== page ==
Sunday, June 21, 2009

Childhood Obesity - Statistics, Health Risks and Causes

by Fiona Applebee

What is a traditional average American family? It used to be described as a "married couple with 2.4 kids and a dog living in a house with a white picket fence. Things have changed dramatically and continue to change steadily. Technology has something to do with some of these changes and the economy has a great deal to do with the changes. Most women used to stay at home and take care of the children and the household. Now, it takes both parents working to keep the family going in most households. Children are often the ones who pay the price, and the price often comes in the form of childhood obesity.

Childhood Obesity Statistics

According to childstats.gov, a forum on child and family statistics, 17% of children aged 6 to 17 were overweight from 2005-2006 in comparison to 6% in 1976-1980.

Why is this? First, children aren't eating the meals that they need to eat and aren't getting the exercise they need. No longer is the average family the one that has a healthy, home-cooked meal prepared for the family to sit at the table and eat. It's all about eating on the go and the food that we eat when we are in a hurry can really pack on the pounds.

Health Risks of Child Obesity

How serious is child obesity? There are two types of diabetes, Type 1 and Type 2. Type 1 is considered Juvenile Diabetes which is an endocrine condition where the pancreas produces little or no insulin. It typically occurs during childhood or adolescence. Type 2, on the other hand, has always been considered Adult Onset Diabetes and usually occurs later in life. With the increase of obesity in children, there has been a sharp rise in the number of children who are developing Adult Onset Diabetes. Obesity is the hallmark of type 2 diabetes as opposed to not being obese in Type 1.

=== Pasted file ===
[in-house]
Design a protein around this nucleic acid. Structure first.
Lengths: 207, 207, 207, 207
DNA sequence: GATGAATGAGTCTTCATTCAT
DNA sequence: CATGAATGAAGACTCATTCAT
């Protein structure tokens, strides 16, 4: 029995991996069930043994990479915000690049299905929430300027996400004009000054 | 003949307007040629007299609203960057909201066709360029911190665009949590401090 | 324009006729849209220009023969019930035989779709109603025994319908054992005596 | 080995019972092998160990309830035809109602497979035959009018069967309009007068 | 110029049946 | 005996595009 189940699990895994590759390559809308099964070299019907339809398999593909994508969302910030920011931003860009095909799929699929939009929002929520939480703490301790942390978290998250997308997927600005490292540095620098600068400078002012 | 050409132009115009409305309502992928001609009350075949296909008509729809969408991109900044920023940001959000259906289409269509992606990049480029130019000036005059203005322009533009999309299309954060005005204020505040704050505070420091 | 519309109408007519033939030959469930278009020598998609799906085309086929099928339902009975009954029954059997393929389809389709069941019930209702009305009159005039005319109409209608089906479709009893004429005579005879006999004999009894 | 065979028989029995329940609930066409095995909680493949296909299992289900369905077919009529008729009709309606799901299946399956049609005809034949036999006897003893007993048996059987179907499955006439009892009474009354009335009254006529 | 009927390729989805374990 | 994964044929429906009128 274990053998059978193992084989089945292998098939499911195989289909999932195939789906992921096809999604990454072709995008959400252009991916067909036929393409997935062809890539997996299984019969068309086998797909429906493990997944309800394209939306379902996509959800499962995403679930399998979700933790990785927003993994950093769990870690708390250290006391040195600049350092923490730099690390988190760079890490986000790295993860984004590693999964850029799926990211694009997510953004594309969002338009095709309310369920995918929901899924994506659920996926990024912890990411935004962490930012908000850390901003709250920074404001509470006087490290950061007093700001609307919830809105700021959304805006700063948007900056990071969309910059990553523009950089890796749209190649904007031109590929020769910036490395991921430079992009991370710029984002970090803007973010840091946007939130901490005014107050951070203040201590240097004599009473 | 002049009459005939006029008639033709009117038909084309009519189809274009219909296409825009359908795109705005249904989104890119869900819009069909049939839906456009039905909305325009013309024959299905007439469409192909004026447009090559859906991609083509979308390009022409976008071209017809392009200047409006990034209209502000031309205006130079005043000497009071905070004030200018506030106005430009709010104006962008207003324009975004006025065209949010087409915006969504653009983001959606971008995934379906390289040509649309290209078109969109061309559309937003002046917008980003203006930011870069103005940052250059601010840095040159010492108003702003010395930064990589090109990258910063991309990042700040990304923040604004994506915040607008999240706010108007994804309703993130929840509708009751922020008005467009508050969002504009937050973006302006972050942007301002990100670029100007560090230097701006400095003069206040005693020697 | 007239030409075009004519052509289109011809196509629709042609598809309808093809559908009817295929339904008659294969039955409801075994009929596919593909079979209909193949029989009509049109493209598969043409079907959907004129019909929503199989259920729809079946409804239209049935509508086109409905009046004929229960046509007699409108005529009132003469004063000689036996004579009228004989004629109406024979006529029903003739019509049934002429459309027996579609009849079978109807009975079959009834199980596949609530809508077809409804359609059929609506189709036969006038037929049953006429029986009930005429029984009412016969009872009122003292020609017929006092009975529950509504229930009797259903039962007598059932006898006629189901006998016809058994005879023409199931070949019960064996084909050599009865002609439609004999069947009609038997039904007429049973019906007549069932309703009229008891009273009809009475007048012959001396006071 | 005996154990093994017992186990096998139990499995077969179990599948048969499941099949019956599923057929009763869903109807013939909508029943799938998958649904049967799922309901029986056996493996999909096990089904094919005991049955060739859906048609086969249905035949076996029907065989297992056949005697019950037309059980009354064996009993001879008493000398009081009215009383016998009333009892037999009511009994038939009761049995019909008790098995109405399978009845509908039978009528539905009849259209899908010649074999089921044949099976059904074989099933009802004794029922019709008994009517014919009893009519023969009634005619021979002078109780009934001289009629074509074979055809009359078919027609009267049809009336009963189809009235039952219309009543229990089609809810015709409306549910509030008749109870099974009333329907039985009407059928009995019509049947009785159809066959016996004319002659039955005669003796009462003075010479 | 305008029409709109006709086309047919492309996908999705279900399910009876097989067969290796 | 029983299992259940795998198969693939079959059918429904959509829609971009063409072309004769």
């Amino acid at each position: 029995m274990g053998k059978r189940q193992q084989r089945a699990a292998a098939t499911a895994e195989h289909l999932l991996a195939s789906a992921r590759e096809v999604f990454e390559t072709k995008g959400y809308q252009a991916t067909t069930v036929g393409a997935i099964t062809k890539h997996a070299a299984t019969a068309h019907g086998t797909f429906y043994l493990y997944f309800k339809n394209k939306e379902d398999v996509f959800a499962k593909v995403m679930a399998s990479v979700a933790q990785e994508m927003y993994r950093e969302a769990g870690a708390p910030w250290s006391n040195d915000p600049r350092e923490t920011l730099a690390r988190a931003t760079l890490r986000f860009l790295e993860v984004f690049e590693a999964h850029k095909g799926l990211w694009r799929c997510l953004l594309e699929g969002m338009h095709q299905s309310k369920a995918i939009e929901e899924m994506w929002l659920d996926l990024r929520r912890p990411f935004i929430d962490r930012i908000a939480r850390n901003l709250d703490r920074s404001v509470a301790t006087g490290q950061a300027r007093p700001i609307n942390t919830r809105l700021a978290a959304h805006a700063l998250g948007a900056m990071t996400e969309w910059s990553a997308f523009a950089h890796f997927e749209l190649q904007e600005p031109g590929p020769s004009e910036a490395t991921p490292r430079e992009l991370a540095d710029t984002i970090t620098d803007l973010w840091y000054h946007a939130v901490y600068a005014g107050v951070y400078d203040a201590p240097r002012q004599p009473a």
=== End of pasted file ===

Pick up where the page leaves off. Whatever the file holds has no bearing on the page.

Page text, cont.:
Factors that Explain the Rise in Childhood Obesity

The end of the family dinner isn't the only contributing factor to childhood obesity. Children are no longer required to walk to and from school, they don't get play time for physical activity at school, and they don't have chores that demand physical exertion. Many modern day children spend their time indoors in front of the television or playing video games. Electronics have become the live-in babysitters that give busy parents free time to take care of other responsibilities. American children simply aren't getting enough exercise.

While being entertained in front of the TV, children snack on foods that are high in sugar, fat, and calories. Their activity levels have decreased while their intake of junk foods has greatly increased. This has the potential to create children with many health problems related to lack of nutrition and over-consumption of unhealthy foods. Fruits and vegetables that are essential for growth and good health have taken a backseat to processed treats.

The average family in America is no longer the image captured in many black and white sitcoms but has instead become a decline in quality that only seems to be growing as a trend in family behavior.


About the Author
The author writes informative articles for today's modern family. She specializes in family finance and family fun topics.

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Childhood Obesity - Statistics, Health Risks and Causes

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